once again was nice hearing from you

    TC Davie-S

  • yarrow2yarrow2 Posts: 782

    Hi Gardening Grandma - thanks for taking time to comment.  And Davie-S - good to see you're still gardening.  Weather is rotten isn't it.  I agree with you both  on cutting it back.  ( I was getting a bit disheartened not being able to really get into the garden due to the scaffolding and stuff - and thinking that everything was going to be growing madly before it's cleared away and I can really make a start to the year.  As a result I thought my saving grace was seeing it growing healthy looking new shoots and thought I could just leave them.  You know - the amateur error of getting excited at seeing growth and thinking 'That looks good - I'll just let it get on with it'.  I'll wait until it warms up a bit - cut it down and then give it a really good feed and a topping of fresh compost.

    And then hope that we get some sun this year!!!!!

    Thanks so much for the replies.  image



  • BrummieBenBrummieBen Posts: 460

    Hi there, if it's in G3 of clematis, cut off every year without fail at knee height 12 -18" to the nearest set of buds. G3 clematis are basically the 'annuals' of clemati, therefore treat them exactly the same, lots of food, and loads of water. I do ask how big is the pot? I'd personally be looking at something 12" square, perhaps bigger. Plenty of drainage, and a good mix of soil and compost, perhaps even some water retaining gel in there too. G3's are thirsty greedy feeders, but give them what they want and boy do they put on a show!

  • I have polish spirit growing up tripod of tree supports. Always best to hack right back early in spring. Last year not so good because of weather. Will give a feed to boost it to be on safe side tho'. Do it now!!

  • Hi Yarrow 1+1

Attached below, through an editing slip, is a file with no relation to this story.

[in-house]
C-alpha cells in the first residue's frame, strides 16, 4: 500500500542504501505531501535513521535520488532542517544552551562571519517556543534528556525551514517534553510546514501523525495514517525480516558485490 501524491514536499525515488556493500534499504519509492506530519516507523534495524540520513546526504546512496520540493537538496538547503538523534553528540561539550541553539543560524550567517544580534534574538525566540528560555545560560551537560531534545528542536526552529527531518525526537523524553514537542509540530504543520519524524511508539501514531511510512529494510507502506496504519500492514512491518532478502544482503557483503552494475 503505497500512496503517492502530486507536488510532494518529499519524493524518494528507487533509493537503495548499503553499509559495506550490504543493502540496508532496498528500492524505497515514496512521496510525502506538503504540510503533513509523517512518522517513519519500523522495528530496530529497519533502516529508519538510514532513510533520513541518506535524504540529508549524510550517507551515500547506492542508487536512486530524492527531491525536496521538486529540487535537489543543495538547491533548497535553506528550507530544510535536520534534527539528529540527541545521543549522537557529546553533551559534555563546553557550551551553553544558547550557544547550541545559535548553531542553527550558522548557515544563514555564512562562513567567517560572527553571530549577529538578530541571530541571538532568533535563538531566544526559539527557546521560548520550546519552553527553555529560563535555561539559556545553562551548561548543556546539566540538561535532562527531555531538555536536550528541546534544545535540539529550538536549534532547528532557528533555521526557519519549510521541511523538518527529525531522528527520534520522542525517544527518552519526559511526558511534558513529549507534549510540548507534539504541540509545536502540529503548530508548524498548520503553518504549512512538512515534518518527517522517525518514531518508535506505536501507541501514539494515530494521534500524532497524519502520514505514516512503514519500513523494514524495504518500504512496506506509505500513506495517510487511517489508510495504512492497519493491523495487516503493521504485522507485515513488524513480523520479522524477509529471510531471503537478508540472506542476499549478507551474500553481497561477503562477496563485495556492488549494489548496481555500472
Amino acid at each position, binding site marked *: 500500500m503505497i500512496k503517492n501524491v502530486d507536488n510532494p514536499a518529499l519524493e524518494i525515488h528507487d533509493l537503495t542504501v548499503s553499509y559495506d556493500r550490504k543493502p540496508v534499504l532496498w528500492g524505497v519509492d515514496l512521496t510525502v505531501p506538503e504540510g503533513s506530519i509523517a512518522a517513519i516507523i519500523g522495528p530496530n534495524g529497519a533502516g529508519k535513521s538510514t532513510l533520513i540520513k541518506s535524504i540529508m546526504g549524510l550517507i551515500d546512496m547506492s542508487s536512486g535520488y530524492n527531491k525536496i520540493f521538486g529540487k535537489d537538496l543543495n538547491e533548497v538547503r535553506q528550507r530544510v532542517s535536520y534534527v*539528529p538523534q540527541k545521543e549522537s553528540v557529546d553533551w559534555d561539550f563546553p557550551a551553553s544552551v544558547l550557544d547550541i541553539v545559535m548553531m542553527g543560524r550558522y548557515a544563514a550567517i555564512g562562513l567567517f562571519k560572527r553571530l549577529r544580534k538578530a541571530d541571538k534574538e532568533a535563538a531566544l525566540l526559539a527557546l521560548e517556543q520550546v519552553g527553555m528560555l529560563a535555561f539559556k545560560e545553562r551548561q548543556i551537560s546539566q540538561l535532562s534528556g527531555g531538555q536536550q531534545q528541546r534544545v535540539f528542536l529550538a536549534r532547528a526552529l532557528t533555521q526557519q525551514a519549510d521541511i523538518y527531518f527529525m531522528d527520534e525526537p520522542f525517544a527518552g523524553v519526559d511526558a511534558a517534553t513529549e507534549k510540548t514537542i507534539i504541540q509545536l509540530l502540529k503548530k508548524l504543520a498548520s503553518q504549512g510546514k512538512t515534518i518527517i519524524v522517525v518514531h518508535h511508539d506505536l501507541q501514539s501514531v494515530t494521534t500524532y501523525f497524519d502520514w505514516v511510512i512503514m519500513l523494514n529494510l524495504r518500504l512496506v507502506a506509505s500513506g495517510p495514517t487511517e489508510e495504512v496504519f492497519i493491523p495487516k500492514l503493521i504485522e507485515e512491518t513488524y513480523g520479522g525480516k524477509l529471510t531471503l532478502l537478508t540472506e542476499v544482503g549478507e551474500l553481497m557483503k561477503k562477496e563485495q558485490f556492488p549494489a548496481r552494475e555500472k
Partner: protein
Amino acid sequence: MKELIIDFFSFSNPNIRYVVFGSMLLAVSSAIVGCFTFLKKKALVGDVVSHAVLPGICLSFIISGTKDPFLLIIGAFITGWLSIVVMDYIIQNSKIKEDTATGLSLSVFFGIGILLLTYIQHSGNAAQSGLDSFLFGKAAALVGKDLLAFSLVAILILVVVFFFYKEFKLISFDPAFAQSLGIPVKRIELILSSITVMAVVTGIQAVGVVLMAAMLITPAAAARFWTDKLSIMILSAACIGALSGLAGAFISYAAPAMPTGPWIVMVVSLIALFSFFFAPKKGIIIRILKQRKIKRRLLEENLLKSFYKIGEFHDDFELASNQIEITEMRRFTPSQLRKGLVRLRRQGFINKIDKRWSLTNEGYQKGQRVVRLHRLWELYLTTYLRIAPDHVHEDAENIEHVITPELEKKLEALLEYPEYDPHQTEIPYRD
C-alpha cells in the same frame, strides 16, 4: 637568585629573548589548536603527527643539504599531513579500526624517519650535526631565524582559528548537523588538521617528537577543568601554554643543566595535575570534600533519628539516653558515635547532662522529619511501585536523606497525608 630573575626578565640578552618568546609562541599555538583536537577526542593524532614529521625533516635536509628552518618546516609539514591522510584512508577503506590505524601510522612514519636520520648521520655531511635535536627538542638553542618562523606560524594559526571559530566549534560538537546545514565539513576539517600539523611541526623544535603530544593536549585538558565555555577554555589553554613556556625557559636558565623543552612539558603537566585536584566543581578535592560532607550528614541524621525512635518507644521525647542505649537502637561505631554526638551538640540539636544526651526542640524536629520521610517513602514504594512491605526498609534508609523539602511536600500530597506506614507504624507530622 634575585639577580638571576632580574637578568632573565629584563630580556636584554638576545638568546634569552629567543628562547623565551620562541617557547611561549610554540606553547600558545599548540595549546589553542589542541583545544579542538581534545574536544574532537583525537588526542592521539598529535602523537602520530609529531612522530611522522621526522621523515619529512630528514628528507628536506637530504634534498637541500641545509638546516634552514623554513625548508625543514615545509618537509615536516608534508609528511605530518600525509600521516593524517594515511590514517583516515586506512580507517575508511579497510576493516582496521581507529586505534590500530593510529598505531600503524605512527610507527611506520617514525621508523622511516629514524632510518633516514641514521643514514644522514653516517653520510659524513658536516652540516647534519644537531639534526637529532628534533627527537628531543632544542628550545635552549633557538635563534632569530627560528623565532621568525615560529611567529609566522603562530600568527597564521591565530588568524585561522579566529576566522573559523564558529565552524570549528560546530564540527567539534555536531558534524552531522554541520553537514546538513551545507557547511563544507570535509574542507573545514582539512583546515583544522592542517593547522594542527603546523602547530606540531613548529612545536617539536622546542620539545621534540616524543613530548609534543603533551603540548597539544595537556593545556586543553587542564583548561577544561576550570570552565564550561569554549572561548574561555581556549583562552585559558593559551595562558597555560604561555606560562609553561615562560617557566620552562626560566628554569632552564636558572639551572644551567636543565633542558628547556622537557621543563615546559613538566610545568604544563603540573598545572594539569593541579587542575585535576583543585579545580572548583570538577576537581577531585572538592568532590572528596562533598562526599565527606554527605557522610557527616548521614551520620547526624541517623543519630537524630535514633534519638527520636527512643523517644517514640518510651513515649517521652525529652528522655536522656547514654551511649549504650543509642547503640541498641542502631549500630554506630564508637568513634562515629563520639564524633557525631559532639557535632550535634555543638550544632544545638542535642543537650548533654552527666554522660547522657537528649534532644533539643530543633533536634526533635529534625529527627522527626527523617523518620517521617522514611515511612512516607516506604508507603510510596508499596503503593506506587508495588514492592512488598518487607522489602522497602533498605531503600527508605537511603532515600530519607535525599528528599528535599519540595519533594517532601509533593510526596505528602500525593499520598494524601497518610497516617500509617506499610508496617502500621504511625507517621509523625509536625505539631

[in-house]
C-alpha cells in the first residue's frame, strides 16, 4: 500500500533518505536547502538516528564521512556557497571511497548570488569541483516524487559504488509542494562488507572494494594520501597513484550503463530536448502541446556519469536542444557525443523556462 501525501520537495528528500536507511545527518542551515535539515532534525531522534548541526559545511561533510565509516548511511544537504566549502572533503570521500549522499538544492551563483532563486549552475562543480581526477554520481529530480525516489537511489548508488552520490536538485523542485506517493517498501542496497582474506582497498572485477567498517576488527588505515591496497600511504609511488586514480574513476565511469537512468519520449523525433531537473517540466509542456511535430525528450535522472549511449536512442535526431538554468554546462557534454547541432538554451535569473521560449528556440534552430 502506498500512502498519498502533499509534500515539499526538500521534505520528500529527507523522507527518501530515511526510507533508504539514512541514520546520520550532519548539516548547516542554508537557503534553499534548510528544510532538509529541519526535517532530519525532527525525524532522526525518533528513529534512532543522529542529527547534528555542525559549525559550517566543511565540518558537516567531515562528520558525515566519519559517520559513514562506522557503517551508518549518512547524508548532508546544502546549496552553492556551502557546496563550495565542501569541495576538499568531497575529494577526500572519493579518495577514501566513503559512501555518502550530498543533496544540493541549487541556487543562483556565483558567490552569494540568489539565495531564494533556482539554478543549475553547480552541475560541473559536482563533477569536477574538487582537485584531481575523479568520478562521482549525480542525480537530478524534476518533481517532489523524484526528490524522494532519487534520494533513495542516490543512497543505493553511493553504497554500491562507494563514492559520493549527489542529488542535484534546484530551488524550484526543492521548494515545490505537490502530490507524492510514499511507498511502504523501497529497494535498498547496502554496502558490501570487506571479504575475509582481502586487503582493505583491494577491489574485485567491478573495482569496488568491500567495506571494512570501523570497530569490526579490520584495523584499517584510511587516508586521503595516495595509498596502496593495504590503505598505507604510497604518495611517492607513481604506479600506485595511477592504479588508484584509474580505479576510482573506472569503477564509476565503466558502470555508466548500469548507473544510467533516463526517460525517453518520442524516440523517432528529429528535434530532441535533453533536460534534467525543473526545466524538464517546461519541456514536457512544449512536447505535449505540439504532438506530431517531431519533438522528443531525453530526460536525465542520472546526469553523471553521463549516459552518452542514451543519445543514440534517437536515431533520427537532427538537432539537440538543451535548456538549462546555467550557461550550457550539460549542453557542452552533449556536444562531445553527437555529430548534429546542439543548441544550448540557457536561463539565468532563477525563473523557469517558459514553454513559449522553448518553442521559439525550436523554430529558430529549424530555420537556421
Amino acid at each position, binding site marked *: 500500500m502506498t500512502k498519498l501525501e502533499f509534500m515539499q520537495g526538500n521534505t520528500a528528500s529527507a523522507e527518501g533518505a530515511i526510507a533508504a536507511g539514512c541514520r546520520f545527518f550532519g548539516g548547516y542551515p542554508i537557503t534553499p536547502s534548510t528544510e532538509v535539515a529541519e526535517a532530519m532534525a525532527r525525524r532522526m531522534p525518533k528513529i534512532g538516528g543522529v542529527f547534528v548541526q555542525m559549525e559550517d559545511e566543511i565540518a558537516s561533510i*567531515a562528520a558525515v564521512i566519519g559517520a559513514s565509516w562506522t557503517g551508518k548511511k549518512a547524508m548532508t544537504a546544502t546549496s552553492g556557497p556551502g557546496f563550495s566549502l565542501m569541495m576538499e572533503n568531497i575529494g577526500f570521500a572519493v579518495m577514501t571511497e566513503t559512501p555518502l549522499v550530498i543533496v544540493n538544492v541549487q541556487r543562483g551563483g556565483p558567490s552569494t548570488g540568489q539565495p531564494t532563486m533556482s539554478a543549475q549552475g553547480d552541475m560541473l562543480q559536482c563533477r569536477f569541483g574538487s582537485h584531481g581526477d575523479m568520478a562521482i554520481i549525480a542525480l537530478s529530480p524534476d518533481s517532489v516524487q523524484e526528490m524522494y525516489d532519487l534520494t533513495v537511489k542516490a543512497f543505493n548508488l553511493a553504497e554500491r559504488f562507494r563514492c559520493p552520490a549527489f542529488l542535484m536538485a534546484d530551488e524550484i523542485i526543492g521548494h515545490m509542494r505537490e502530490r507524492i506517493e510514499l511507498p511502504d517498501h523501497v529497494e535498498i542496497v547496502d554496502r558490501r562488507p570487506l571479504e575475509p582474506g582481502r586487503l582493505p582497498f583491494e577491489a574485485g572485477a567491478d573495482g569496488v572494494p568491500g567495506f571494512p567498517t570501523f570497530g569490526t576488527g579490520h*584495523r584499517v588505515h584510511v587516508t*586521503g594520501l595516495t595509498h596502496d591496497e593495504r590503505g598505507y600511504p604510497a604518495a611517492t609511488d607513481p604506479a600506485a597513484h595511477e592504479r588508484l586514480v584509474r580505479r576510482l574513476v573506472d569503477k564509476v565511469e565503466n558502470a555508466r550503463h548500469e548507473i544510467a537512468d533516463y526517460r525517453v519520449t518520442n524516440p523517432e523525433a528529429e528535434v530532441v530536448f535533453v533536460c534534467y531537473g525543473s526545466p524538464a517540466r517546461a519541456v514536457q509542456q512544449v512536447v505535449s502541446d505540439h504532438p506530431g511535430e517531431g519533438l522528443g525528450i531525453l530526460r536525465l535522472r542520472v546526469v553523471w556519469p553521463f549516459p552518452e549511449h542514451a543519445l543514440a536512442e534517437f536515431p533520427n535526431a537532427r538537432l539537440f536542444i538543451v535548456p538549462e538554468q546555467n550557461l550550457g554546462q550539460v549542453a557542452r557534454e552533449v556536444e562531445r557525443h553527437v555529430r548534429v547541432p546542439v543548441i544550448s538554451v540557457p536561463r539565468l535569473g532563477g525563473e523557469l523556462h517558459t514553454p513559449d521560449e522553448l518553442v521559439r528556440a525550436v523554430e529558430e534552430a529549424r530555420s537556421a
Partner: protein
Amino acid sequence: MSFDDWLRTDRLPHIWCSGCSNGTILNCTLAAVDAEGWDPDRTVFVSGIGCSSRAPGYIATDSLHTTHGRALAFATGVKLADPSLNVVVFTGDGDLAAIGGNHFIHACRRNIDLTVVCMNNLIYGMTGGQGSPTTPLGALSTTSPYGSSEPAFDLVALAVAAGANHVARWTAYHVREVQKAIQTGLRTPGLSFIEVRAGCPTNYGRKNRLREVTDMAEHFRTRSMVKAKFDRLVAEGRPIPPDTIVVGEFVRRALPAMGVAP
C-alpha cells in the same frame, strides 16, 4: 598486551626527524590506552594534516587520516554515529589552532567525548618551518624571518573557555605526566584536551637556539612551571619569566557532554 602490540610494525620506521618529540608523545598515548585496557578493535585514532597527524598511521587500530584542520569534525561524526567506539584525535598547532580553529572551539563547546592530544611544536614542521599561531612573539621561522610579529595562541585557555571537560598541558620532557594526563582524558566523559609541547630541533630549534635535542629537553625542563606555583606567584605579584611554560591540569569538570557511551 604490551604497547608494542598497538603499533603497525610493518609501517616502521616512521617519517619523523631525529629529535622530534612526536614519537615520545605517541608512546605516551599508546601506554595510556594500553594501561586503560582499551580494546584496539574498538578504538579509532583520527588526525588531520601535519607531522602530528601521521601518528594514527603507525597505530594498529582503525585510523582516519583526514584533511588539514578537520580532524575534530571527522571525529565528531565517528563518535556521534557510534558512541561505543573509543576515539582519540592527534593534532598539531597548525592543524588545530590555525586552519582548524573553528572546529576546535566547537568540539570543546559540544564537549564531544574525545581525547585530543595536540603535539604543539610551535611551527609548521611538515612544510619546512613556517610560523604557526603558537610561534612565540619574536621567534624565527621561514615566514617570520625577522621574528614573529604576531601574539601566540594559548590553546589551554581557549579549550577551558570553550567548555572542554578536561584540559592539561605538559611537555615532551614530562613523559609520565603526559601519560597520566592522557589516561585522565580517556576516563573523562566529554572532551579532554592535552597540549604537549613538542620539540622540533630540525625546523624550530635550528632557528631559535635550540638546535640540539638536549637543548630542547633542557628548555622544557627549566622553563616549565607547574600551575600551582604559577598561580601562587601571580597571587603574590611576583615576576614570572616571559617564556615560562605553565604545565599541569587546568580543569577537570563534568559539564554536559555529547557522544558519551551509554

I planted over a dozen clematis last year and had mixed results, my best performers where the Tangutica's, esp the bill mackenzie & golden tiara varieties gorgeous yellow nodding bells and lanterns with lovely seed-heads, the best of the lot was my Nelly Mosser it just kept growing and producing flowers, but alas i grew that in my poly tunnel, see no reason why it wouldn't perform just as good outdoors if the weather was half decent, my polish spirit erm the jury's still out on that one, i planted it next to a chilean potato tree that decided to take off not only that i planted some sweet-peas in-front of it needless to say the combination of both kind of smotherd the polish spirit though i did peer through the tangled mess and the ps seems to have done reasonably well under the circumstances, my main mistake was planting clematis to close to one another, and i noticed the roots have come near the surface because of the way i waterd them, in future i will add a piece of pipe to get the water down to the roots to keep the roots deeper, i have a lot of repositioning to do come April when i cut them back, wonderboy i was advised by Taylor's clematis from whom i bought my plants from to cut back in April due to my climate which is the same as yarrow2's, i hear you on the itching to get out in the garden and do something yarrow  i to pondered cutting mine back after seeing the new growth on the upper part of my clematis last week when we had some decent spring like weather, just mind we had frost first week in June last year, so patience really is a virtue for a Scottish gardener, besides the autumns have been much milder in recent years which can give us a longer growing season, my sweet peas were still producing blooms in November...Anyhoo's I'm rambling i'll try and post some pictures this summer if i can figure it out...